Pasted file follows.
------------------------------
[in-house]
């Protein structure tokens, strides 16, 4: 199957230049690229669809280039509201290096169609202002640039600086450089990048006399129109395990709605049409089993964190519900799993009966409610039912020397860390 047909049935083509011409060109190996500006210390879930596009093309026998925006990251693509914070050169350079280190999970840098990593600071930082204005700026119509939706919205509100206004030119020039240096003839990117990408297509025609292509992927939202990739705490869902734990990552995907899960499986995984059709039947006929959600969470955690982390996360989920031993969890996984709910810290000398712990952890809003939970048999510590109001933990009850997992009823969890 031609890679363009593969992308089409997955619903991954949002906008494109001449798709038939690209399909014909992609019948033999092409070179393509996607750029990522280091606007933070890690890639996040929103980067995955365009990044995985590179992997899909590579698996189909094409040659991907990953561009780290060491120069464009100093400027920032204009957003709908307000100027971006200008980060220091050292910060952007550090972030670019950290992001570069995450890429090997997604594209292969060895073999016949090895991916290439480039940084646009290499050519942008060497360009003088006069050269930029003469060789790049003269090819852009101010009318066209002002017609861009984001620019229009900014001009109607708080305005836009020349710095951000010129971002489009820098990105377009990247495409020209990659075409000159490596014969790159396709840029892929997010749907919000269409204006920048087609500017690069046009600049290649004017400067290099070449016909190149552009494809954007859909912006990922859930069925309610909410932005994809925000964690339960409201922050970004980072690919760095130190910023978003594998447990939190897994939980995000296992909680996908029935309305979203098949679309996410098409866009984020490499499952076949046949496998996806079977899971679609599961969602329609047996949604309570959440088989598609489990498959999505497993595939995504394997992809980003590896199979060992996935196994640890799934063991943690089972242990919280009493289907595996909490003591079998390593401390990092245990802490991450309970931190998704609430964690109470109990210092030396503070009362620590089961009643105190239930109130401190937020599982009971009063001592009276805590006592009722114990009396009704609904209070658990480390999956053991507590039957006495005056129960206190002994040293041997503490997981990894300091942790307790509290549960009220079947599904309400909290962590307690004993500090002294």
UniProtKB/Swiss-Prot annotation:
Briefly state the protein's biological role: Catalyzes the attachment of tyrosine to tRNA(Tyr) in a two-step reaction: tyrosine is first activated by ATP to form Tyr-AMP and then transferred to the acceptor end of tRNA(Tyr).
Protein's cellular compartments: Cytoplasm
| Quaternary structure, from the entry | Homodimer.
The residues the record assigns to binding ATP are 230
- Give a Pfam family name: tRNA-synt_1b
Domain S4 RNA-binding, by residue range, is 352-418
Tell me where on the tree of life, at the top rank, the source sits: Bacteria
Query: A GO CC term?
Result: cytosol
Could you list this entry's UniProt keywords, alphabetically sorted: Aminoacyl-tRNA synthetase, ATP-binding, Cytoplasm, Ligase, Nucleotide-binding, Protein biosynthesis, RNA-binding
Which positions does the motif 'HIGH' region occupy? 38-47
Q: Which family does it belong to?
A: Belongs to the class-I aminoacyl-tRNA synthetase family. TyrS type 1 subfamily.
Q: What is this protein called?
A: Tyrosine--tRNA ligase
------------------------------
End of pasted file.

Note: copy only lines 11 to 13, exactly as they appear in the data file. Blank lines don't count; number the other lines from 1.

Query: A GO CC term?
Result: cytosol
Could you list this entry's UniProt keywords, alphabetically sorted: Aminoacyl-tRNA synthetase, ATP-binding, Cytoplasm, Ligase, Nucleotide-binding, Protein biosynthesis, RNA-binding